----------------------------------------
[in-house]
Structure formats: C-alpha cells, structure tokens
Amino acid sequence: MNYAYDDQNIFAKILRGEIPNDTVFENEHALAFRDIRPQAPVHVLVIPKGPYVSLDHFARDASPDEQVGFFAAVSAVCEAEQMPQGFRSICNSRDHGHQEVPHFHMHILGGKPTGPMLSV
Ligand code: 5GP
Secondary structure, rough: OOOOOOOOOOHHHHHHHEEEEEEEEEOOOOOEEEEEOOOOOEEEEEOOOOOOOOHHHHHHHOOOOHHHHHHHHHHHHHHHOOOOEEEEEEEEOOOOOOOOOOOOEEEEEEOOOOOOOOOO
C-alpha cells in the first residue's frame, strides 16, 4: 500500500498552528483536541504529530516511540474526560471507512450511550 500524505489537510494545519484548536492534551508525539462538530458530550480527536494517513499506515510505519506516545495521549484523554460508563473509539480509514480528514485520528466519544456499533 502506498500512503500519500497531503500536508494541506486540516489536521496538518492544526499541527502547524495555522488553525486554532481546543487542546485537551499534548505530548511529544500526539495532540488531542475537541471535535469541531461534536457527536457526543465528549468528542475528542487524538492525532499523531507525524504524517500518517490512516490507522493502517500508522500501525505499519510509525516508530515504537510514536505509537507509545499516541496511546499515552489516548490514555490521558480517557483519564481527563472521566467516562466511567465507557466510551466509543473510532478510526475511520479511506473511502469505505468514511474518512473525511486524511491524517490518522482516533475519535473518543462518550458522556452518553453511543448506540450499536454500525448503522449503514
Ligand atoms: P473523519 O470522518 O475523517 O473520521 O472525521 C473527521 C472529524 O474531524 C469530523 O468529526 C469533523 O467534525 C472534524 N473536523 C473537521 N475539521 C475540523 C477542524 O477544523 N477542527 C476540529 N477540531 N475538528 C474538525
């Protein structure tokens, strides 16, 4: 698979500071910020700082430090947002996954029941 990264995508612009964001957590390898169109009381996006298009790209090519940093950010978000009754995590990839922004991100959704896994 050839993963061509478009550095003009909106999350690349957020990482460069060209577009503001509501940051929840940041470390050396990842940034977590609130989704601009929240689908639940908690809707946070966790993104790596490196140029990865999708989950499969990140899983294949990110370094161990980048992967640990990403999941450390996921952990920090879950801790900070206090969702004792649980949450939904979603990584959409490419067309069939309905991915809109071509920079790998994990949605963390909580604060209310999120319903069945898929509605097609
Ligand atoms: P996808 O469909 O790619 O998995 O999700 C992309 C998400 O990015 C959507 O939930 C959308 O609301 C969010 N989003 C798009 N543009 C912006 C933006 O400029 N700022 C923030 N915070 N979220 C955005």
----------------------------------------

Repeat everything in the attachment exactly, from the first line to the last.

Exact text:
[in-house]
Structure formats: C-alpha cells, structure tokens
Amino acid sequence: MNYAYDDQNIFAKILRGEIPNDTVFENEHALAFRDIRPQAPVHVLVIPKGPYVSLDHFARDASPDEQVGFFAAVSAVCEAEQMPQGFRSICNSRDHGHQEVPHFHMHILGGKPTGPMLSV
Ligand code: 5GP
Secondary structure, rough: OOOOOOOOOOHHHHHHHEEEEEEEEEOOOOOEEEEEOOOOOEEEEEOOOOOOOOHHHHHHHOOOOHHHHHHHHHHHHHHHOOOOEEEEEEEEOOOOOOOOOOOOEEEEEEOOOOOOOOOO
C-alpha cells in the first residue's frame, strides 16, 4: 500500500498552528483536541504529530516511540474526560471507512450511550 500524505489537510494545519484548536492534551508525539462538530458530550480527536494517513499506515510505519506516545495521549484523554460508563473509539480509514480528514485520528466519544456499533 502506498500512503500519500497531503500536508494541506486540516489536521496538518492544526499541527502547524495555522488553525486554532481546543487542546485537551499534548505530548511529544500526539495532540488531542475537541471535535469541531461534536457527536457526543465528549468528542475528542487524538492525532499523531507525524504524517500518517490512516490507522493502517500508522500501525505499519510509525516508530515504537510514536505509537507509545499516541496511546499515552489516548490514555490521558480517557483519564481527563472521566467516562466511567465507557466510551466509543473510532478510526475511520479511506473511502469505505468514511474518512473525511486524511491524517490518522482516533475519535473518543462518550458522556452518553453511543448506540450499536454500525448503522449503514
Ligand atoms: P473523519 O470522518 O475523517 O473520521 O472525521 C473527521 C472529524 O474531524 C469530523 O468529526 C469533523 O467534525 C472534524 N473536523 C473537521 N475539521 C475540523 C477542524 O477544523 N477542527 C476540529 N477540531 N475538528 C474538525
């Protein structure tokens, strides 16, 4: 698979500071910020700082430090947002996954029941 990264995508612009964001957590390898169109009381996006298009790209090519940093950010978000009754995590990839922004991100959704896994 050839993963061509478009550095003009909106999350690349957020990482460069060209577009503001509501940051929840940041470390050396990842940034977590609130989704601009929240689908639940908690809707946070966790993104790596490196140029990865999708989950499969990140899983294949990110370094161990980048992967640990990403999941450390996921952990920090879950801790900070206090969702004792649980949450939904979603990584959409490419067309069939309905991915809109071509920079790998994990949605963390909580604060209310999120319903069945898929509605097609
Ligand atoms: P996808 O469909 O790619 O998995 O999700 C992309 C998400 O990015 C959507 O939930 C959308 O609301 C969010 N989003 C798009 N543009 C912006 C933006 O400029 N700022 C923030 N915070 N979220 C955005």